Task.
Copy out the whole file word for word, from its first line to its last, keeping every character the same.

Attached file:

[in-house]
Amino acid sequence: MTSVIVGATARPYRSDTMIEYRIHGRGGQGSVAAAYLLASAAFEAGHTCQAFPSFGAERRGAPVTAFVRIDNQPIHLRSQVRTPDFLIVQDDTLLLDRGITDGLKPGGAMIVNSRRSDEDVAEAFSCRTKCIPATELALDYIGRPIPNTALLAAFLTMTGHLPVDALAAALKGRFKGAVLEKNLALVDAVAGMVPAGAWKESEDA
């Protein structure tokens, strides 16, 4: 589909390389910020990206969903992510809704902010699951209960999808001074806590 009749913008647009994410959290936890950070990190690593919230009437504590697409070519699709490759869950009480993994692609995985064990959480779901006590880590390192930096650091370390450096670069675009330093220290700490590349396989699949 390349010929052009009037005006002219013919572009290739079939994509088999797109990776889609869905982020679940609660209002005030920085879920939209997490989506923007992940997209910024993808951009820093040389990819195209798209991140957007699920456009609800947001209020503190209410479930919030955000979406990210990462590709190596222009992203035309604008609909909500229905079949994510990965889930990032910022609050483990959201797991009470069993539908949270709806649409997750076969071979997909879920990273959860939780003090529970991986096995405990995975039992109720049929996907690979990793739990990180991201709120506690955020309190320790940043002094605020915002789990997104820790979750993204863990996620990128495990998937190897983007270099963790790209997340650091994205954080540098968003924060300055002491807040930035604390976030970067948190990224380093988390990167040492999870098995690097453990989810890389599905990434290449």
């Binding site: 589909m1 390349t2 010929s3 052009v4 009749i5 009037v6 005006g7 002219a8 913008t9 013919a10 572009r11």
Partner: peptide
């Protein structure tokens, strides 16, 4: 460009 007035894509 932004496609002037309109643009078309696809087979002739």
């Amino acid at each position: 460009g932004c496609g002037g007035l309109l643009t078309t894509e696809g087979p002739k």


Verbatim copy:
[in-house]
Amino acid sequence: MTSVIVGATARPYRSDTMIEYRIHGRGGQGSVAAAYLLASAAFEAGHTCQAFPSFGAERRGAPVTAFVRIDNQPIHLRSQVRTPDFLIVQDDTLLLDRGITDGLKPGGAMIVNSRRSDEDVAEAFSCRTKCIPATELALDYIGRPIPNTALLAAFLTMTGHLPVDALAAALKGRFKGAVLEKNLALVDAVAGMVPAGAWKESEDA
């Protein structure tokens, strides 16, 4: 589909390389910020990206969903992510809704902010699951209960999808001074806590 009749913008647009994410959290936890950070990190690593919230009437504590697409070519699709490759869950009480993994692609995985064990959480779901006590880590390192930096650091370390450096670069675009330093220290700490590349396989699949 390349010929052009009037005006002219013919572009290739079939994509088999797109990776889609869905982020679940609660209002005030920085879920939209997490989506923007992940997209910024993808951009820093040389990819195209798209991140957007699920456009609800947001209020503190209410479930919030955000979406990210990462590709190596222009992203035309604008609909909500229905079949994510990965889930990032910022609050483990959201797991009470069993539908949270709806649409997750076969071979997909879920990273959860939780003090529970991986096995405990995975039992109720049929996907690979990793739990990180991201709120506690955020309190320790940043002094605020915002789990997104820790979750993204863990996620990128495990998937190897983007270099963790790209997340650091994205954080540098968003924060300055002491807040930035604390976030970067948190990224380093988390990167040492999870098995690097453990989810890389599905990434290449």
């Binding site: 589909m1 390349t2 010929s3 052009v4 009749i5 009037v6 005006g7 002219a8 913008t9 013919a10 572009r11």
Partner: peptide
């Protein structure tokens, strides 16, 4: 460009 007035894509 932004496609002037309109643009078309696809087979002739």
């Amino acid at each position: 460009g932004c496609g002037g007035l309109l643009t078309t894509e696809g087979p002739k």